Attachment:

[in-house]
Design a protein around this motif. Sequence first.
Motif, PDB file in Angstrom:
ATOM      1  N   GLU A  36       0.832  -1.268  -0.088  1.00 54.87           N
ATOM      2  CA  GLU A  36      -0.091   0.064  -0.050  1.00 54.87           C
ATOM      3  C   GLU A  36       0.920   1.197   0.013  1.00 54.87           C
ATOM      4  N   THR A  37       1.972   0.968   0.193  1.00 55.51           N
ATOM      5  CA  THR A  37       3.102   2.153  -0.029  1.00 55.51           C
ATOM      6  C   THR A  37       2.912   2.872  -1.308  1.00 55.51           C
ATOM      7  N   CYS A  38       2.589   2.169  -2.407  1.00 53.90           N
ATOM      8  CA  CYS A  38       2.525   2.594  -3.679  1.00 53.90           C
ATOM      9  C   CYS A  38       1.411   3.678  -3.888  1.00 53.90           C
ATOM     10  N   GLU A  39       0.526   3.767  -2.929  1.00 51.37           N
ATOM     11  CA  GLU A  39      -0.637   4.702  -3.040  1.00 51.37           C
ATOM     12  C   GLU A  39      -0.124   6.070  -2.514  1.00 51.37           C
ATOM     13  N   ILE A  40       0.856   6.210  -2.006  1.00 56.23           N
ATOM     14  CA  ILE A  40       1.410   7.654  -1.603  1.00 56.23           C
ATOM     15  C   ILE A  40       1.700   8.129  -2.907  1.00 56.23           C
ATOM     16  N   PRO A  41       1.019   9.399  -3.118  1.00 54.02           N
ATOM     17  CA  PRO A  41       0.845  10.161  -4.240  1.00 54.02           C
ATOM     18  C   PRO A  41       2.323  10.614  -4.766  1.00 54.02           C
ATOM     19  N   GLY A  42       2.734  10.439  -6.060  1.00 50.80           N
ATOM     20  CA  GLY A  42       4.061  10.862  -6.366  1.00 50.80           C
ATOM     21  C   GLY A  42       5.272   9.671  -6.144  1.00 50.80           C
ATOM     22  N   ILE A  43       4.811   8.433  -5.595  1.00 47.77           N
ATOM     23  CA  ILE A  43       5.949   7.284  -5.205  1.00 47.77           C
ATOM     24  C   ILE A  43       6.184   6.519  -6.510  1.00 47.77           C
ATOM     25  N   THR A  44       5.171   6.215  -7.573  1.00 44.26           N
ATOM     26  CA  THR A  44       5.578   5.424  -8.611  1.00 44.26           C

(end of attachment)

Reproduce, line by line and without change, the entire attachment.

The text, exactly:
[in-house]
Design a protein around this motif. Sequence first.
Motif, PDB file in Angstrom:
ATOM      1  N   GLU A  36       0.832  -1.268  -0.088  1.00 54.87           N
ATOM      2  CA  GLU A  36      -0.091   0.064  -0.050  1.00 54.87           C
ATOM      3  C   GLU A  36       0.920   1.197   0.013  1.00 54.87           C
ATOM      4  N   THR A  37       1.972   0.968   0.193  1.00 55.51           N
ATOM      5  CA  THR A  37       3.102   2.153  -0.029  1.00 55.51           C
ATOM      6  C   THR A  37       2.912   2.872  -1.308  1.00 55.51           C
ATOM      7  N   CYS A  38       2.589   2.169  -2.407  1.00 53.90           N
ATOM      8  CA  CYS A  38       2.525   2.594  -3.679  1.00 53.90           C
ATOM      9  C   CYS A  38       1.411   3.678  -3.888  1.00 53.90           C
ATOM     10  N   GLU A  39       0.526   3.767  -2.929  1.00 51.37           N
ATOM     11  CA  GLU A  39      -0.637   4.702  -3.040  1.00 51.37           C
ATOM     12  C   GLU A  39      -0.124   6.070  -2.514  1.00 51.37           C
ATOM     13  N   ILE A  40       0.856   6.210  -2.006  1.00 56.23           N
ATOM     14  CA  ILE A  40       1.410   7.654  -1.603  1.00 56.23           C
ATOM     15  C   ILE A  40       1.700   8.129  -2.907  1.00 56.23           C
ATOM     16  N   PRO A  41       1.019   9.399  -3.118  1.00 54.02           N
ATOM     17  CA  PRO A  41       0.845  10.161  -4.240  1.00 54.02           C
ATOM     18  C   PRO A  41       2.323  10.614  -4.766  1.00 54.02           C
ATOM     19  N   GLY A  42       2.734  10.439  -6.060  1.00 50.80           N
ATOM     20  CA  GLY A  42       4.061  10.862  -6.366  1.00 50.80           C
ATOM     21  C   GLY A  42       5.272   9.671  -6.144  1.00 50.80           C
ATOM     22  N   ILE A  43       4.811   8.433  -5.595  1.00 47.77           N
ATOM     23  CA  ILE A  43       5.949   7.284  -5.205  1.00 47.77           C
ATOM     24  C   ILE A  43       6.184   6.519  -6.510  1.00 47.77           C
ATOM     25  N   THR A  44       5.171   6.215  -7.573  1.00 44.26           N
ATOM     26  CA  THR A  44       5.578   5.424  -8.611  1.00 44.26           C